Mr. LEAVITT: (Reading) Then he shaved it off and his face as it were caught up with his personality. Now, thick brows darker than the hair in his head, shade eyes that are once intensely focused and remote. The mouth is sharp and slightly dangerous-looking, as if it might bite. Women adore him. In addition to a wife, he has a clutch of mistresses, which surprises Hardy as another of Russell's distinctive features, his acute halitosis. The breath of his intellect and its vigor, his determination - not merely to be the greatest logician of his time but to diagnose human nature, to write philosophy, to enter into politics - impresses and also irritates Hardy. For the voraciousness of such a mind can sometimes look like capriciousness.
SIMON: Mm-hmm. I've read a fair amount about Lord Russell. I guess I'd never encountered his halitosis before now.
(Soundbite of laughter)
SIMON: Is this artistic license on your part or…
Mr. LEAVITT: No, it's actually true. The two places that I found referenced to it were in Miranda Seymour's biography of Lady Ottoline Morrell, who is his mistress, who apparently - at one point - found it very, very difficult to kiss him. And also, believe it or not, in Russell's autobiography, where he talks about the problem and then explains that he had oral surgery in order to correct the condition that had led to the halitosis. So he was actually quite upfront about it.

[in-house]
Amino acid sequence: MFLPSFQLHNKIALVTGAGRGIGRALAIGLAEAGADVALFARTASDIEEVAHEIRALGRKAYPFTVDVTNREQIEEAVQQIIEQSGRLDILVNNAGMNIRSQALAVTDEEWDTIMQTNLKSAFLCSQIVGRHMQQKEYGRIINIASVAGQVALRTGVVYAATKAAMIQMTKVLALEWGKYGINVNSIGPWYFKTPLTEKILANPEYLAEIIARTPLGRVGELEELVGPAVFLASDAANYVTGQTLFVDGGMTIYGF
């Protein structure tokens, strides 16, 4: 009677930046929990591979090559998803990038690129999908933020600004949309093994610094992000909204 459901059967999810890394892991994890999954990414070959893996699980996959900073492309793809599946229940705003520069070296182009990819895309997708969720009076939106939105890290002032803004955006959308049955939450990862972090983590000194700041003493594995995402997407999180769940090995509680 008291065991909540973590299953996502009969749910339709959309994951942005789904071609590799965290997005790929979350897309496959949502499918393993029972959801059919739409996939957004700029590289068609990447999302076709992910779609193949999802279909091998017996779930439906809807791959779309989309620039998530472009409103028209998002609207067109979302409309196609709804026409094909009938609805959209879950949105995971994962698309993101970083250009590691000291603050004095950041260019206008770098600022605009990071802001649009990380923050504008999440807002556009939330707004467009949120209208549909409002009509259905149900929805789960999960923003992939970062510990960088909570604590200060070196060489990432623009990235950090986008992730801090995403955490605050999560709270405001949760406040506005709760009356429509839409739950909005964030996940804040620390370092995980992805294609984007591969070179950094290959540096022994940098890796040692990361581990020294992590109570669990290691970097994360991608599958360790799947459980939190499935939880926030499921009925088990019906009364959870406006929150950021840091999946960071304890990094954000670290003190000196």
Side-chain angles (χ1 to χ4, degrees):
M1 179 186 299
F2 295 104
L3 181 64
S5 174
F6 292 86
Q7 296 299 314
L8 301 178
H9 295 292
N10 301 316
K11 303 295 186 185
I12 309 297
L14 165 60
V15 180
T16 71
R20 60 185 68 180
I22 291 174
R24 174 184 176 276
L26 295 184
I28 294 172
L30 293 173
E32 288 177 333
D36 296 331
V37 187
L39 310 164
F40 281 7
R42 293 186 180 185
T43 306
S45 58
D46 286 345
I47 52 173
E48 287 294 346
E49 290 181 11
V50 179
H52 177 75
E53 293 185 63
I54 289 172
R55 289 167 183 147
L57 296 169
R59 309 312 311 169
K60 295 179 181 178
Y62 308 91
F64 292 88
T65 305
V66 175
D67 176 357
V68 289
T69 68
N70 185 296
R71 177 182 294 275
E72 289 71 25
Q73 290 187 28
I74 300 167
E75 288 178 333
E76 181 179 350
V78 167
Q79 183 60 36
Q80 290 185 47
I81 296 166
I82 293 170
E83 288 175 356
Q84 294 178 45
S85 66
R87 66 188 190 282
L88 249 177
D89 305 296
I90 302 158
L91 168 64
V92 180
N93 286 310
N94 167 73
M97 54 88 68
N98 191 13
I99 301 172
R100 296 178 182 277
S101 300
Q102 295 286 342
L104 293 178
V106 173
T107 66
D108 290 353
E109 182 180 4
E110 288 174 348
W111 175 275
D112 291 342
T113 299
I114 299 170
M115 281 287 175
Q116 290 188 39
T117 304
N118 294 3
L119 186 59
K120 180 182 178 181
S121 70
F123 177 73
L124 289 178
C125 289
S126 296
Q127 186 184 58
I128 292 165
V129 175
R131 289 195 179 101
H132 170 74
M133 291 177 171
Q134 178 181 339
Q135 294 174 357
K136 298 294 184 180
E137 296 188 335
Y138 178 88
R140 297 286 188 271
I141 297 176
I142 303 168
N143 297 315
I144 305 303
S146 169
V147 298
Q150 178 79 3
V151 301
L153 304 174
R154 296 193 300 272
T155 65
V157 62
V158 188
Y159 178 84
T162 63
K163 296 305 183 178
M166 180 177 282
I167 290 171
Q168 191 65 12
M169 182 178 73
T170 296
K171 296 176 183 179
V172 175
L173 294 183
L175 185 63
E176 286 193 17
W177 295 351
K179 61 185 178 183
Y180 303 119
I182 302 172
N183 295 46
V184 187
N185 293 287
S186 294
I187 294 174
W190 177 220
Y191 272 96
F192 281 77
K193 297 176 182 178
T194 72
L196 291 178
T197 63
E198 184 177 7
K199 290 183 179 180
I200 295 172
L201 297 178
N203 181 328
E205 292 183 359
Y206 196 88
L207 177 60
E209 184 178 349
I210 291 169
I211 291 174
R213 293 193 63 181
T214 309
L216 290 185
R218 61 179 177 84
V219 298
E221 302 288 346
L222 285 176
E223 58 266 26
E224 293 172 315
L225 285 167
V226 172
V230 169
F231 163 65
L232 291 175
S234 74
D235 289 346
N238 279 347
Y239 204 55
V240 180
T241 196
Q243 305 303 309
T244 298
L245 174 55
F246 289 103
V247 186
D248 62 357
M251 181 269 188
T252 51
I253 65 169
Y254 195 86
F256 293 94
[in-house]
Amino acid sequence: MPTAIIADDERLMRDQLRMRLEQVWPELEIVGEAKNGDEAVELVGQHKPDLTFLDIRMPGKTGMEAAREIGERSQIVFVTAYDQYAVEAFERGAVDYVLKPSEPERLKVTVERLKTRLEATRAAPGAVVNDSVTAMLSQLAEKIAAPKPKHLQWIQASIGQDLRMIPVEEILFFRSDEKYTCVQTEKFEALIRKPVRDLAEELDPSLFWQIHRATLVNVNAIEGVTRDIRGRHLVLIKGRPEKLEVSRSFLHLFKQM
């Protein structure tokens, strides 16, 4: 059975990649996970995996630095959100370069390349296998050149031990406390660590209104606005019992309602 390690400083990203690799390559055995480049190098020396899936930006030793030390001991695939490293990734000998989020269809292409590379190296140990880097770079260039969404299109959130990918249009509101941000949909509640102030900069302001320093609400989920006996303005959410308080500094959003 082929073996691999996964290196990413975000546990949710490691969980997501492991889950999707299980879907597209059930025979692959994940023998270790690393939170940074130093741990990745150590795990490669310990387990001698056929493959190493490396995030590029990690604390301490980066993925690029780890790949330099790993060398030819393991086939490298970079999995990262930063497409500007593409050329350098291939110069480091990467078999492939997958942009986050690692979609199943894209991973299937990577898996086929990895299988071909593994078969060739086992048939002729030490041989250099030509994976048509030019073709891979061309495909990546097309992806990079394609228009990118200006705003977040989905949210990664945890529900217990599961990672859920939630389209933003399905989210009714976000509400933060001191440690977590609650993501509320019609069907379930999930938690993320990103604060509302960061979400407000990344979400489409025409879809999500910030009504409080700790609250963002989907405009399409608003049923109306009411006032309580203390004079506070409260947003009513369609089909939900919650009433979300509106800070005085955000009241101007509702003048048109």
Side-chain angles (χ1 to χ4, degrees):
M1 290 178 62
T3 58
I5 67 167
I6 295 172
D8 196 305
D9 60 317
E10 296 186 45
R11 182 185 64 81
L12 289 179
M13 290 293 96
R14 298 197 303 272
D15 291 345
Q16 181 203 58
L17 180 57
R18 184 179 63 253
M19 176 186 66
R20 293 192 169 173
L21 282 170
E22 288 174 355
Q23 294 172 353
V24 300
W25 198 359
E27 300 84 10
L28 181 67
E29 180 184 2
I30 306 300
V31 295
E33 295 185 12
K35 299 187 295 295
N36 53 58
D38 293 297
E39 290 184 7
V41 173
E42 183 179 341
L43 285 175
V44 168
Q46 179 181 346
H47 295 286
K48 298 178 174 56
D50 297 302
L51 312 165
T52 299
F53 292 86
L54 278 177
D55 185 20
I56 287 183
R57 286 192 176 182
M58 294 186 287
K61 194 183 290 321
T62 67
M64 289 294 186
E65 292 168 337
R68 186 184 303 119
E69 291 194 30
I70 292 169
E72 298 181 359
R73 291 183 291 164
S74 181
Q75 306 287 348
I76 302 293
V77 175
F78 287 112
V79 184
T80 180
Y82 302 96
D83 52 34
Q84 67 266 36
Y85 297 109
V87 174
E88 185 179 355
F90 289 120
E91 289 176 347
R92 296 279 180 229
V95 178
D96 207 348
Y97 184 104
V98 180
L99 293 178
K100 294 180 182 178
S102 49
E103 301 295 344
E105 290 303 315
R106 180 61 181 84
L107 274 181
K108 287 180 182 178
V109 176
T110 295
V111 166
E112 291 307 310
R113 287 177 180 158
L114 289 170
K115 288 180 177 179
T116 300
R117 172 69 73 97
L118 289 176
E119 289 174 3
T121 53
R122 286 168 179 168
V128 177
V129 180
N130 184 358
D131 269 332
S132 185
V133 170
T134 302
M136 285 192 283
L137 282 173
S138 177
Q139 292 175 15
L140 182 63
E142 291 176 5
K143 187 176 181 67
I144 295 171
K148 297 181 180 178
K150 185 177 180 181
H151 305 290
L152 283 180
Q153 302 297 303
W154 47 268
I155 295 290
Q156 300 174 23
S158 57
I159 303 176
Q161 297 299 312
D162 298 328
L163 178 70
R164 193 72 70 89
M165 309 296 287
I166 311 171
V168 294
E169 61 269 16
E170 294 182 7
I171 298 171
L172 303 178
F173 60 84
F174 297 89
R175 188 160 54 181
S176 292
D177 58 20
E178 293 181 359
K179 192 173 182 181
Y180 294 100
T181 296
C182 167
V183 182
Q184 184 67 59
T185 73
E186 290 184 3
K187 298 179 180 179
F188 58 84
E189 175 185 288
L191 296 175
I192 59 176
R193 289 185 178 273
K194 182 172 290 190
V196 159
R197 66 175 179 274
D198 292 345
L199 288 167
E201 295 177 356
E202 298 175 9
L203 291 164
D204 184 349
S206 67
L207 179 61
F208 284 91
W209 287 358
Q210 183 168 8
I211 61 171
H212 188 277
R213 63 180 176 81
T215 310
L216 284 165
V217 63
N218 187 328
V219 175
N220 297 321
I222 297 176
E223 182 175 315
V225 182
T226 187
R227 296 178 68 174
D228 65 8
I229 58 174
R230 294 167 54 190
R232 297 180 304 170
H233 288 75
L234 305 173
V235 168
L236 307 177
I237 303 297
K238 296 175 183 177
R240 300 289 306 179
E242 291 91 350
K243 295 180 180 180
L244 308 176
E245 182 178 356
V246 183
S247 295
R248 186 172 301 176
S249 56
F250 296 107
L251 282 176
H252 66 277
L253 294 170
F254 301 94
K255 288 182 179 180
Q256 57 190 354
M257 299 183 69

SIMON: Help us understand the ways in which these two men, Hardy and Ramanujan, were so different from other sides of the world. And yet also the ways in which they were able to find, certainly, the one surpassing area of common interest and even a few more.
Mr. LEAVITT: Well, I would say the principal difference had to do with religion. Hardy was the Christopher Hitchens of his age. He was what I would call - if it's not too much of an oxymoron - a devout atheism. Ramanujan, on the other hand, was a devout Brahman Hindu who claimed that most of his mathematical discoveries came to him through the agency of a goddess named Namagiri who provided him with visions while he slept and, as he put it, wrote them on his tongue.
So this was a major source of conflict. Hardy, who was an enemy of religion, had a very hard time accepting the fact that Ramanujan perceived religion as playing a very major role in his mathematical discoveries.